association, who will act upon it The Vice
President went up from the city yesterday
and had a conference with a number of the
men. The following is the resolution
adopted at the meeting:
Resolved, That the workingmen of the Home
stead Steel Works recognize that by the
adoption of the sliding scale, as proposed by
the company, will be giving np everything that
is dear to tho heart of every true workingmap.
Bach a proposition as presented by the com
pany is absolutely absurd, there being no foun
dation in fact for said notice.
Resolved, That the firm of Carnegie, Phipps
& Co. have misrepresented the case in the said
notice and given broadcast to the public, the
statement that they had to pay more in their
works 1n Homestead than their competitors
did for the same work elsewhere, when the
reverse is the case. One hundred tons of steel
cost them no more than at any other union
Resolved, That the action of the firm of Car
negie, Phipps it Co. be condemned for their in
tentions of declaring the various positions of
their employes vacant, one month previous to
the expiration of the present agreement.
Resolved, That the whole matter be referred
to the proper official for adjustment
BAIL MAKING GOES ON
At Duquesnc, let the Strikers Say They
Still Hopo to Win.
A telegram from Braddock last night said
that Duquesne seemed to be a desolate spot,
so far as labor is concerned. Yesterday
something was being done in the big mill
of the Allegheny Bessemer Steel Company,
for smoke was issuing from a dozen different
stacks, and the Clink of the rails as they
were being handled by the Italian laborers
proved corroborative. An attache of the
works says they are making hundreds of
finished rails daily.
The strikers still deny that anything like
this is possible, as they have no men in the
finishing department who are capable of
turning out rails ready lor tne marset.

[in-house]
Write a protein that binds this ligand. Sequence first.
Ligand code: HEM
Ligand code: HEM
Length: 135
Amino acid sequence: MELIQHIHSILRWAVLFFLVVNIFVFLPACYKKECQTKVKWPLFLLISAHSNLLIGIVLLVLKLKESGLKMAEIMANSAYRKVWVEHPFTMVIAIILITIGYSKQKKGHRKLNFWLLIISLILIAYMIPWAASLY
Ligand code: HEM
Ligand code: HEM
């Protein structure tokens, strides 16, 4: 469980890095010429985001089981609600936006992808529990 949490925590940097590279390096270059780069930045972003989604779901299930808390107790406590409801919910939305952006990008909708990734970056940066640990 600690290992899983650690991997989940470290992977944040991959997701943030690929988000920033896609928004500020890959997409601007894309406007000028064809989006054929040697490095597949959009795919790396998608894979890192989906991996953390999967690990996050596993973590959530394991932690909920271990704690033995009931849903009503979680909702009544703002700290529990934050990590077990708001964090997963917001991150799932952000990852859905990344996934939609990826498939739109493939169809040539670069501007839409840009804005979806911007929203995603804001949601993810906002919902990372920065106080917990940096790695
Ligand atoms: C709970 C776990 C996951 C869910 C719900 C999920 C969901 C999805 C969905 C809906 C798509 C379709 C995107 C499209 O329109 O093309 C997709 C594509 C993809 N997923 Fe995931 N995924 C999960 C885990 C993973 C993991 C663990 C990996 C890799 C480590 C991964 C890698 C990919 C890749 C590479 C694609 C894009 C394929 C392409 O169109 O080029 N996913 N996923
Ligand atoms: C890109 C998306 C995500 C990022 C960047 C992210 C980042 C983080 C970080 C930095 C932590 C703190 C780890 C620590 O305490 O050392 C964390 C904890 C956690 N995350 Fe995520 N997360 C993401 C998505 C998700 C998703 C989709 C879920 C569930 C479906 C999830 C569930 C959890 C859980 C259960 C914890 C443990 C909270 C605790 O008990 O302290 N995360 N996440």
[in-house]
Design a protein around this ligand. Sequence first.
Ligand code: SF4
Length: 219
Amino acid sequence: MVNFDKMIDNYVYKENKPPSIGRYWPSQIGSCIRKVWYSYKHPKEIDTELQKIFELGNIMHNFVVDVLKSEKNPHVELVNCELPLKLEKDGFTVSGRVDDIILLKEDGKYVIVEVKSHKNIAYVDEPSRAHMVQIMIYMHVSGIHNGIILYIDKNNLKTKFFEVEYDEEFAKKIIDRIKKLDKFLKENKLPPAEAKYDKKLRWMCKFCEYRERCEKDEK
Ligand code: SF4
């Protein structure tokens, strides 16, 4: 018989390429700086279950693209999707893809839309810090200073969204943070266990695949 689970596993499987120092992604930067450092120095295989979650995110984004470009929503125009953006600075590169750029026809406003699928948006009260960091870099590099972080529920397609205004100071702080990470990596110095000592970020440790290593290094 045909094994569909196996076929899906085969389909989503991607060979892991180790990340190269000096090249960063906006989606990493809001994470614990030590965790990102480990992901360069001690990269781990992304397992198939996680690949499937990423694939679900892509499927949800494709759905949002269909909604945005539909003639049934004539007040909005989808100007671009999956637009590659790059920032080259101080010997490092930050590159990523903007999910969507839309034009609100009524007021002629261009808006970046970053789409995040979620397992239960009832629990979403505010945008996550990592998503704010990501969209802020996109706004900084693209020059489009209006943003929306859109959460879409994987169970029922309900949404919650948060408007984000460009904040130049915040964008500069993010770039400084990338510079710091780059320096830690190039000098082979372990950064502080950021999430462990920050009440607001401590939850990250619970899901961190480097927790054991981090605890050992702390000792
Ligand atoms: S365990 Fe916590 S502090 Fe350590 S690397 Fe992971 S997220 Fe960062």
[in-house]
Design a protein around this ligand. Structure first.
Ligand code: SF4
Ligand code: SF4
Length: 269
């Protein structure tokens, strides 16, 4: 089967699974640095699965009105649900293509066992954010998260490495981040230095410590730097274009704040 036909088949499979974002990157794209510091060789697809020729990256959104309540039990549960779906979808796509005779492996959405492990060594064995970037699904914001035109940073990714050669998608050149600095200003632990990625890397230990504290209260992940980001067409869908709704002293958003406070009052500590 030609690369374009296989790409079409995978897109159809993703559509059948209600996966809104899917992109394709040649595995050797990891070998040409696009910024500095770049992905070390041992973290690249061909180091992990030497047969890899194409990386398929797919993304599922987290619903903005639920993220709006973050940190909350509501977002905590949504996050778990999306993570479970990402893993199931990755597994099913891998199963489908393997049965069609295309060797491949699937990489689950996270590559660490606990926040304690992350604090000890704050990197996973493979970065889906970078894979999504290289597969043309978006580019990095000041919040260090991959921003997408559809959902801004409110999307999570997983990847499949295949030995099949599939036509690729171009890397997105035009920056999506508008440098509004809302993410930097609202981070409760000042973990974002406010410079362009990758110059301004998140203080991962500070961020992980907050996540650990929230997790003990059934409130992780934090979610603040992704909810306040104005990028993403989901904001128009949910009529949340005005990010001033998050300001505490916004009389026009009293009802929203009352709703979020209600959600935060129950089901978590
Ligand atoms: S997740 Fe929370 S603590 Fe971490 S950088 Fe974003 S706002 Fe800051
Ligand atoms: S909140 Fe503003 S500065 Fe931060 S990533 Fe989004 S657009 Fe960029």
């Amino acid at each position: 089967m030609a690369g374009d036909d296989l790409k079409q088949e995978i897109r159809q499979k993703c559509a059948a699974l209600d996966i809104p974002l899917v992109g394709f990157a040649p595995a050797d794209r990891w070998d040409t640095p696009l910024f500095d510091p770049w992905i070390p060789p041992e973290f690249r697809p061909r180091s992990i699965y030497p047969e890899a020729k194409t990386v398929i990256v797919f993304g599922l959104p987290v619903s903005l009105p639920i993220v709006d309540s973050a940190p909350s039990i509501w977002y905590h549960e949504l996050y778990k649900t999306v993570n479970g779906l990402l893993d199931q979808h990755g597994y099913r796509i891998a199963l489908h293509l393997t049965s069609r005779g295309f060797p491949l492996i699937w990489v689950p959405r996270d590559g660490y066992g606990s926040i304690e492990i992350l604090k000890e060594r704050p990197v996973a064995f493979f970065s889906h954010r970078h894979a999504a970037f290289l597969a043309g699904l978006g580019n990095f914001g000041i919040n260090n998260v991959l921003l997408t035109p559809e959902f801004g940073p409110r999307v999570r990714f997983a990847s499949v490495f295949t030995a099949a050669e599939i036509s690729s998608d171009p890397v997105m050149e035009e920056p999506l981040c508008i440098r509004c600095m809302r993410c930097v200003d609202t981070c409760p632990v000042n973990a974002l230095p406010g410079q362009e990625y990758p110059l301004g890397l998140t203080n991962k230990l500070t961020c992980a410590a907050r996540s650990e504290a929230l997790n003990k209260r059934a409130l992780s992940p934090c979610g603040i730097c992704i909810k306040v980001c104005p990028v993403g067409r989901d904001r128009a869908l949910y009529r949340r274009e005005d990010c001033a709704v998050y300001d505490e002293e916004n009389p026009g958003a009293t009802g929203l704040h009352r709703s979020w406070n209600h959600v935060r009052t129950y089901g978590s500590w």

So far but two of the strikers have re
turned to work. Theyare Ed ward Williams,
son of one of the superintendents, and Pat
rick Crawford, of Port Perry. The Gil
hooley brothers are still at work, but they
are forced to take their meals and sleep in
the same department of the company's board
ing house with the Italians. They cannot
secure rooms with any of the families at
A report that some of the machinists had
returned to work is incorrect Anew bat
tery of boilers recently pnt in by the firm
was burnt out yesterday. This bad streak
is attributed to the green hands, who are
said to have allowed several other things to
happen equally disastrous.
A striker said, when spoken to in regard
to Duqnesne's depopulation on Sunday,,
"They get away from here whenever oppor
tunity presents itself, as there is nothing
here bnt poverty and hard knocks. Nine
deputies are all there are at the place now.
Contributions continue to come in, and the
men think they will have won the strike
beiore the latter end of next week. The
mill is reported to be full of scrap and cob
blesr made so by the inexperienced work
men, and the men say, even if they should
get to work soon, it would take a week to
rid the mill up and put it in order."
PATTERN MAKERS' OFFICERS.
How the Convention In Pittsburg Wonnd Up
The Pattern Makers' National League of
North America, which was in convention
here all last week, wonnd np its business on
Saturday last by the election of officers. The
following named members were chosen:
General President, T. J. McGonnell, of this
city. This makes the gentleman's third term,
the election being unanimous. Vice President;